he European Commission is evaluating its position about formaldehyde as a feed additive due to the safety issues related to its use, Selko says.
As formaldehyde is widely used for feed safety purposes, there is a challenge when looking for alternatives to replace it. Several and diverse possible approaches might lead to suitable solutions.
As some challenges are more complex than others, they also require more comprehensive strategies than just applying a product. The case of a European feed miller can portray the concept of the integral solution.
The challenge and the audit
According to Selko, the feed miller was looking into alternatives to formaldehyde to control Enterobacteriaceae in layer, breeder and vaccine feed. The quality standard was quite challenging, demanding a contamination level of less than 10³ CFU (Coloni Forming Units) Enterobacteriaceae per gram of feed. As the final product was mash feed, the standard was even harder to reach, given that no heat treatment was involved in the process, which would have lowered the initial contamination significantly.
A performed quality control check showed that part of the feed treated with formaldehyde and dry propionic acid / formic acid blend did not meet the required standards.
In order to get a deeper insight in the problem Trouw Nutrition conducted an audit in the production facilities. Samples at all stages of the production process were taken to identify contamination sources and risk- or hotspots in the process. The samples were tested for yeasts, moulds, Enterobacteriaceae and pH level.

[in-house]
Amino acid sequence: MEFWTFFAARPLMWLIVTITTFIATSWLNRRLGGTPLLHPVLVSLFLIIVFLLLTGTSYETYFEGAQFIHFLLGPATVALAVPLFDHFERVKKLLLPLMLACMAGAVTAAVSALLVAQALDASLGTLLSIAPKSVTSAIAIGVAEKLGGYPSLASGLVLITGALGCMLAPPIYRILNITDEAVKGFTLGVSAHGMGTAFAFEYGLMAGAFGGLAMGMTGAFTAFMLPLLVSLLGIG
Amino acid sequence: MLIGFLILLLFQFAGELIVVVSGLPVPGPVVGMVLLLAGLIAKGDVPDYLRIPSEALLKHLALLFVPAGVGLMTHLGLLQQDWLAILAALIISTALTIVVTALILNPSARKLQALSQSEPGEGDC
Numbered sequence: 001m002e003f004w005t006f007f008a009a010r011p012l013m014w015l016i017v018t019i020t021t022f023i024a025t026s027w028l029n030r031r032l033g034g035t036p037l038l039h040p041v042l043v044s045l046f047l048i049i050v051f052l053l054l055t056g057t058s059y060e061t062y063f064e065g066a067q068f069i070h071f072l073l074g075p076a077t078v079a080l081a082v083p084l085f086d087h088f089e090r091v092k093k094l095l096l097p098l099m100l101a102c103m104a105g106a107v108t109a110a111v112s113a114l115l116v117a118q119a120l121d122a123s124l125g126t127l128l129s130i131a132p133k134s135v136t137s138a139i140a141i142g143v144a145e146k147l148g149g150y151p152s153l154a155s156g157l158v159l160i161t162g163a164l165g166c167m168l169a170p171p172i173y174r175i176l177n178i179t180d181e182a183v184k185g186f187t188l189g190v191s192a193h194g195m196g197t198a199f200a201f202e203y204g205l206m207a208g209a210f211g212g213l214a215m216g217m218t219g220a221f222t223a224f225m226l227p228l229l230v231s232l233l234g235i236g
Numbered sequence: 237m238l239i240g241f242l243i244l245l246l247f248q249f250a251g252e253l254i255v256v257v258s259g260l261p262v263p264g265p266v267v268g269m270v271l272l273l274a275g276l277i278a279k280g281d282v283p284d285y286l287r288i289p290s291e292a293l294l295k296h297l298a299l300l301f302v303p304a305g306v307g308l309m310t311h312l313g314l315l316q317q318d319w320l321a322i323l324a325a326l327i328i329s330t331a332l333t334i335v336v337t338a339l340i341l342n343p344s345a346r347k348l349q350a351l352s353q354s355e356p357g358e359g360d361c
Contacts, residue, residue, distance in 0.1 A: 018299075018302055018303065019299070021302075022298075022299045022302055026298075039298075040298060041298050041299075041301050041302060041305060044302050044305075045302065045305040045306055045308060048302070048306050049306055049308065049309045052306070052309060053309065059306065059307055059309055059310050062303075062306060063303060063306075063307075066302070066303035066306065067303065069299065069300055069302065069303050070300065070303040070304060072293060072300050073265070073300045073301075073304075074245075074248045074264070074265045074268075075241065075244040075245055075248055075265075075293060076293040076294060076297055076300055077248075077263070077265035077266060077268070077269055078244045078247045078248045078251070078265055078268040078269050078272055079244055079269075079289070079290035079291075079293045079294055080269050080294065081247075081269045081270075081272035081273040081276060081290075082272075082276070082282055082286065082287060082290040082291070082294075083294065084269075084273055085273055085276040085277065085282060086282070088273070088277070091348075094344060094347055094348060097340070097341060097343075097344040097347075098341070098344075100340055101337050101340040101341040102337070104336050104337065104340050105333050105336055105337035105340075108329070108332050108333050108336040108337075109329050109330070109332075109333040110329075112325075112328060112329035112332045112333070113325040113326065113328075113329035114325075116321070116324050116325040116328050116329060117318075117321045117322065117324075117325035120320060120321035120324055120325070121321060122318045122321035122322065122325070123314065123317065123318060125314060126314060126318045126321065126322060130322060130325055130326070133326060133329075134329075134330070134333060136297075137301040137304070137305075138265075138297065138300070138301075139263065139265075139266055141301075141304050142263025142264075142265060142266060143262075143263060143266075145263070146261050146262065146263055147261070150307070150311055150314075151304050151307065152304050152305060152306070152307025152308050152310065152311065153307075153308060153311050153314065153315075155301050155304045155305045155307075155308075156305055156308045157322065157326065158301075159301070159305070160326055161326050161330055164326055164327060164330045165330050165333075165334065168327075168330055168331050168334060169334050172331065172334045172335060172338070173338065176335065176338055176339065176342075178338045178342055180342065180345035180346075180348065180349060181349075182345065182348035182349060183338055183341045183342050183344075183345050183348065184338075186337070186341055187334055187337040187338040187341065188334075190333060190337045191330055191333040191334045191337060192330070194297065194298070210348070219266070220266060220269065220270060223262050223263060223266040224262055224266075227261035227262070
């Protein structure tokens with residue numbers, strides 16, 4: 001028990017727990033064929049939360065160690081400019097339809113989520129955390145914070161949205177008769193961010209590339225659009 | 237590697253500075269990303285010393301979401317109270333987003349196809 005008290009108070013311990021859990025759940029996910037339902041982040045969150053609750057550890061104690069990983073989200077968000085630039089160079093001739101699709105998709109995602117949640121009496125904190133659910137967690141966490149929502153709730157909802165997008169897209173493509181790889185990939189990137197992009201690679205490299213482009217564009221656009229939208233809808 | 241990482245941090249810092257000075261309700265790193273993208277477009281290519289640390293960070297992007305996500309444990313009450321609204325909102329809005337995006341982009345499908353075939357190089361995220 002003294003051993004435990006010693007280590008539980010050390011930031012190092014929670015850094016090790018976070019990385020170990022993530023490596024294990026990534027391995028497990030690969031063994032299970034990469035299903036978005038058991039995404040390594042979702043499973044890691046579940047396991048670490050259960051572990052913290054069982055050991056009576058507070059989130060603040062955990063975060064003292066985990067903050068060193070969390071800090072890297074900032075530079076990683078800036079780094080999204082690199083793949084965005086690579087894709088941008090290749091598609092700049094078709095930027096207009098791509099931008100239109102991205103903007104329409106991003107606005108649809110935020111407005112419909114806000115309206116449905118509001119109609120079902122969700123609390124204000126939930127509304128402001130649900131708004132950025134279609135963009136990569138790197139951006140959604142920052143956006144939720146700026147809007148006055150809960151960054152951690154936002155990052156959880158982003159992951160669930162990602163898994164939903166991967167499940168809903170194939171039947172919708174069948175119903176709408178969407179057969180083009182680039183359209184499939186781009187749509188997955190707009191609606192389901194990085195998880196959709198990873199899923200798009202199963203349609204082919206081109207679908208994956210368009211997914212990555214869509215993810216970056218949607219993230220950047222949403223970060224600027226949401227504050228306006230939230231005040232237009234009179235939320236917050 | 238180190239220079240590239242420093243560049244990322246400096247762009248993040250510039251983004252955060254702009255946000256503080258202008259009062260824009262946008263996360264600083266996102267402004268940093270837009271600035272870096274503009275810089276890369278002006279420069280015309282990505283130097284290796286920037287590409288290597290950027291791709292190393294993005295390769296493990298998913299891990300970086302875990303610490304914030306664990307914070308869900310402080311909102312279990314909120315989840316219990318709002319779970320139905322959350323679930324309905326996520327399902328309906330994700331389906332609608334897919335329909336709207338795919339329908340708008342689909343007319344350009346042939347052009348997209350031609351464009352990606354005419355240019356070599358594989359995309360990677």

The audit showed high micro-organism contamination levels in the feed mill, mainly moulds and Enterobacteriaceae. The grinder and dusty areas like the sieves showed excessive Enterobacteriaceae counts, which could potentially lead to contamination of the feed.
An integrated approach and a combined treatment
The first attempt to solve the problem was adding a Selko feed additive into the mixer. Three dosages of Fysal Feed were tested, and two of them reached the desired target quality.
As the advised dosage was above average inclusion levels- given the initial degree of contamination, a decision was reached to try a different approach and find an alternative solution.
After analysing the audit results, it was concluded that the best strategy to achieve the desired quality in a cost-efficient way was to start by treating the raw material. This way, lesser product would be needed at a later stage in the process, lowering the cost of the treatment for
The audit also showed that the CFU in the raw materials increased after grinding; the reason why applying Fysal SP in the grinder using a powder duster once a week was implemented in the programme. As the grinder was observed and indicated as highly contaminated, it was also recommended to adjust the current cleaning protocol to prevent recontamination.
The programme implementation resulted in a more cost-efficient way of reaching the desired quality of the final product in terms of Enterobacteriaceae counts. The suggested programme realised a significant decrease in Enterobacteriaceae counts and an 18% cost decrease compared to the first solution, adding a high level of preservative as Fysal Feed. This integral approach also gave the customer closer insight in their challenges and a comprehensive analysis of the process in order to avoid recontamination in the future.
The products used in the trial
The Fysal® portfolio contains several products to reduce Enterobacteriaceae in both raw feed materials as in compound feed. Fysal Feed is a liquid blend of organic acids which contains surfactants to assure even distribution of the product in the feed. The product will be applied by using proper dosing equipment based on the customer requirements and product characteristics.